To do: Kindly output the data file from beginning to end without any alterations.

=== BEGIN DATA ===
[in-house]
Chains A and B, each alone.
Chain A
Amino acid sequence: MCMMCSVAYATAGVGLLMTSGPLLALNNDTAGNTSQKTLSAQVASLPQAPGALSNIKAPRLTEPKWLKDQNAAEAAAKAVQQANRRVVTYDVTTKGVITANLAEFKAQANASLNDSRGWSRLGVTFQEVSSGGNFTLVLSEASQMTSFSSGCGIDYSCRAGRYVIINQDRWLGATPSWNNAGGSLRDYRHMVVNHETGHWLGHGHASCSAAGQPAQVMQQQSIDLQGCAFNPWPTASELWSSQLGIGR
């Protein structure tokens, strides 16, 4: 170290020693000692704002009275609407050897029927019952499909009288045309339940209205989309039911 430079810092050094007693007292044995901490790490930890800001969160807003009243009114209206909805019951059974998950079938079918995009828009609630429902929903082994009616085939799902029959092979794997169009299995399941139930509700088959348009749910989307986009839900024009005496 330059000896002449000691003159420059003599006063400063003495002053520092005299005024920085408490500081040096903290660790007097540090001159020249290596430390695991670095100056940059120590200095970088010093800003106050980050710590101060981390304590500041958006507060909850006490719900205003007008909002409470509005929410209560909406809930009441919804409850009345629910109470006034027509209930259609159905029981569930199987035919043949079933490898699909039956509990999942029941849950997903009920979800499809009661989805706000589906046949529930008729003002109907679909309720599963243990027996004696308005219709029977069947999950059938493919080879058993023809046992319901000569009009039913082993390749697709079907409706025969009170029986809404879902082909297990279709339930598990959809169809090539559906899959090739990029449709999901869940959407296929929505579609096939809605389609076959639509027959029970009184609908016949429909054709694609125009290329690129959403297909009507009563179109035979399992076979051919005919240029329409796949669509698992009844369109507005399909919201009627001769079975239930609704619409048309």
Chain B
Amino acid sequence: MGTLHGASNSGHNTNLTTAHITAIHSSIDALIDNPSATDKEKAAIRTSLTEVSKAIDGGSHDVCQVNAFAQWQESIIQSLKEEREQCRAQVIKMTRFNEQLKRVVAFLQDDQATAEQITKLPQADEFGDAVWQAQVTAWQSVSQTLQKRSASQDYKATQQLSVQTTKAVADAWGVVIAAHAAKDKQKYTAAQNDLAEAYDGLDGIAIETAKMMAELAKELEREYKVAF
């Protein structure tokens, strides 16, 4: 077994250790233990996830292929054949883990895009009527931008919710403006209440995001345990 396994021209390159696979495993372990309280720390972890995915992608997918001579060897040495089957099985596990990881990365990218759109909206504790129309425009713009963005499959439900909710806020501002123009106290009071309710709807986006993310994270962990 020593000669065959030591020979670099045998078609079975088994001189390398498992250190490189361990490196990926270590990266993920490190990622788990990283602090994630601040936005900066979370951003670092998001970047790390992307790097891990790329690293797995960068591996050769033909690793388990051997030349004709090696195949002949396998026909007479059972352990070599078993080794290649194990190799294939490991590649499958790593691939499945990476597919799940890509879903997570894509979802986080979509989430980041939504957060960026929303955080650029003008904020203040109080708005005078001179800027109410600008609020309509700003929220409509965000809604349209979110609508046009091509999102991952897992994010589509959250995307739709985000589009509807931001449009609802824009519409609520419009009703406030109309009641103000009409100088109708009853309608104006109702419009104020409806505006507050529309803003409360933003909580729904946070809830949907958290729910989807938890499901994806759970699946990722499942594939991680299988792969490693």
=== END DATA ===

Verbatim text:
[in-house]
Chains A and B, each alone.
Chain A
Amino acid sequence: MCMMCSVAYATAGVGLLMTSGPLLALNNDTAGNTSQKTLSAQVASLPQAPGALSNIKAPRLTEPKWLKDQNAAEAAAKAVQQANRRVVTYDVTTKGVITANLAEFKAQANASLNDSRGWSRLGVTFQEVSSGGNFTLVLSEASQMTSFSSGCGIDYSCRAGRYVIINQDRWLGATPSWNNAGGSLRDYRHMVVNHETGHWLGHGHASCSAAGQPAQVMQQQSIDLQGCAFNPWPTASELWSSQLGIGR
């Protein structure tokens, strides 16, 4: 170290020693000692704002009275609407050897029927019952499909009288045309339940209205989309039911 430079810092050094007693007292044995901490790490930890800001969160807003009243009114209206909805019951059974998950079938079918995009828009609630429902929903082994009616085939799902029959092979794997169009299995399941139930509700088959348009749910989307986009839900024009005496 330059000896002449000691003159420059003599006063400063003495002053520092005299005024920085408490500081040096903290660790007097540090001159020249290596430390695991670095100056940059120590200095970088010093800003106050980050710590101060981390304590500041958006507060909850006490719900205003007008909002409470509005929410209560909406809930009441919804409850009345629910109470006034027509209930259609159905029981569930199987035919043949079933490898699909039956509990999942029941849950997903009920979800499809009661989805706000589906046949529930008729003002109907679909309720599963243990027996004696308005219709029977069947999950059938493919080879058993023809046992319901000569009009039913082993390749697709079907409706025969009170029986809404879902082909297990279709339930598990959809169809090539559906899959090739990029449709999901869940959407296929929505579609096939809605389609076959639509027959029970009184609908016949429909054709694609125009290329690129959403297909009507009563179109035979399992076979051919005919240029329409796949669509698992009844369109507005399909919201009627001769079975239930609704619409048309």
Chain B
Amino acid sequence: MGTLHGASNSGHNTNLTTAHITAIHSSIDALIDNPSATDKEKAAIRTSLTEVSKAIDGGSHDVCQVNAFAQWQESIIQSLKEEREQCRAQVIKMTRFNEQLKRVVAFLQDDQATAEQITKLPQADEFGDAVWQAQVTAWQSVSQTLQKRSASQDYKATQQLSVQTTKAVADAWGVVIAAHAAKDKQKYTAAQNDLAEAYDGLDGIAIETAKMMAELAKELEREYKVAF
């Protein structure tokens, strides 16, 4: 077994250790233990996830292929054949883990895009009527931008919710403006209440995001345990 396994021209390159696979495993372990309280720390972890995915992608997918001579060897040495089957099985596990990881990365990218759109909206504790129309425009713009963005499959439900909710806020501002123009106290009071309710709807986006993310994270962990 020593000669065959030591020979670099045998078609079975088994001189390398498992250190490189361990490196990926270590990266993920490190990622788990990283602090994630601040936005900066979370951003670092998001970047790390992307790097891990790329690293797995960068591996050769033909690793388990051997030349004709090696195949002949396998026909007479059972352990070599078993080794290649194990190799294939490991590649499958790593691939499945990476597919799940890509879903997570894509979802986080979509989430980041939504957060960026929303955080650029003008904020203040109080708005005078001179800027109410600008609020309509700003929220409509965000809604349209979110609508046009091509999102991952897992994010589509959250995307739709985000589009509807931001449009609802824009519409609520419009009703406030109309009641103000009409100088109708009853309608104006109702419009104020409806505006507050529309803003409360933003909580729904946070809830949907958290729910989807938890499901994806759970699946990722499942594939991680299988792969490693």